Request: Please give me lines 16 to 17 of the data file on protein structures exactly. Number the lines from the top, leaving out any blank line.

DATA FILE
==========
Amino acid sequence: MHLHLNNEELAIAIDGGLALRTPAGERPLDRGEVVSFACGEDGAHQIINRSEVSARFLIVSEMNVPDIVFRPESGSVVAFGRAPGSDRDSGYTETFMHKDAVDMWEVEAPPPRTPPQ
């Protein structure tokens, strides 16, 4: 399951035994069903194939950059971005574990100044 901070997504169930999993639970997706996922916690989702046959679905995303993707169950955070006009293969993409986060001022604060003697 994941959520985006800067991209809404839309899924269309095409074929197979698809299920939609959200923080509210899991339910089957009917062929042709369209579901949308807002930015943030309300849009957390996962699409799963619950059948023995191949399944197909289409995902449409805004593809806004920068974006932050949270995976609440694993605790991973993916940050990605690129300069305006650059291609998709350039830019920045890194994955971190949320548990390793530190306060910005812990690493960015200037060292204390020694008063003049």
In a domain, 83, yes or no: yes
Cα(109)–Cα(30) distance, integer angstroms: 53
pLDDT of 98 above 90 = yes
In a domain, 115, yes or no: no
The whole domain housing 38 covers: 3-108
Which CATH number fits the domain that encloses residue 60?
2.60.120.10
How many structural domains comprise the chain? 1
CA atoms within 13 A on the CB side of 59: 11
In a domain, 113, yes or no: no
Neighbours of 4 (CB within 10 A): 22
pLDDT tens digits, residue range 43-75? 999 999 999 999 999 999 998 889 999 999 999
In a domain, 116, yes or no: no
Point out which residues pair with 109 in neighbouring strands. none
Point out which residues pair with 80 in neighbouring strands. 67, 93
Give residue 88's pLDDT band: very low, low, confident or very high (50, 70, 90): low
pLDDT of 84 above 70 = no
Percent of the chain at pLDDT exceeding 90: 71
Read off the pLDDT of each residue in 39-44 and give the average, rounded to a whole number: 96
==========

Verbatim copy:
Point out which residues pair with 109 in neighbouring strands. none
Point out which residues pair with 80 in neighbouring strands. 67, 93